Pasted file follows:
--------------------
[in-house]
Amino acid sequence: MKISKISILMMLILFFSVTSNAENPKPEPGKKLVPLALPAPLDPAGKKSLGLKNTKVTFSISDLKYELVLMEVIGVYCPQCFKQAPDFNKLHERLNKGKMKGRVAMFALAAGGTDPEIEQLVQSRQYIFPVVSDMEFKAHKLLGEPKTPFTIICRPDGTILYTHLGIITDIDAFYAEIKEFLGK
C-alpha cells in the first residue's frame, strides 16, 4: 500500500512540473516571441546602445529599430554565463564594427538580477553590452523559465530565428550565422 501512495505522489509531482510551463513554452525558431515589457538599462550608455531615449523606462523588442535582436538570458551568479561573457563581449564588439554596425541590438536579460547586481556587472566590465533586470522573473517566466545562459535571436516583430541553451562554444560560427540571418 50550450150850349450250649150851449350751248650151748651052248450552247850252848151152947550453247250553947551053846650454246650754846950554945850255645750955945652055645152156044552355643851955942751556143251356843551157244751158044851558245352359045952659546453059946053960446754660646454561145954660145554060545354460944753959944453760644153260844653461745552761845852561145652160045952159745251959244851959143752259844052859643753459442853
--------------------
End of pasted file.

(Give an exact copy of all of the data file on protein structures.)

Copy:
[in-house]
Amino acid sequence: MKISKISILMMLILFFSVTSNAENPKPEPGKKLVPLALPAPLDPAGKKSLGLKNTKVTFSISDLKYELVLMEVIGVYCPQCFKQAPDFNKLHERLNKGKMKGRVAMFALAAGGTDPEIEQLVQSRQYIFPVVSDMEFKAHKLLGEPKTPFTIICRPDGTILYTHLGIITDIDAFYAEIKEFLGK
C-alpha cells in the first residue's frame, strides 16, 4: 500500500512540473516571441546602445529599430554565463564594427538580477553590452523559465530565428550565422 501512495505522489509531482510551463513554452525558431515589457538599462550608455531615449523606462523588442535582436538570458551568479561573457563581449564588439554596425541590438536579460547586481556587472566590465533586470522573473517566466545562459535571436516583430541553451562554444560560427540571418 50550450150850349450250649150851449350751248650151748651052248450552247850252848151152947550453247250553947551053846650454246650754846950554945850255645750955945652055645152156044552355643851955942751556143251356843551157244751158044851558245352359045952659546453059946053960446754660646454561145954660145554060545354460944753959944453760644153260844653461745552761845852561145652160045952159745251959244851959143752259844052859643753459442853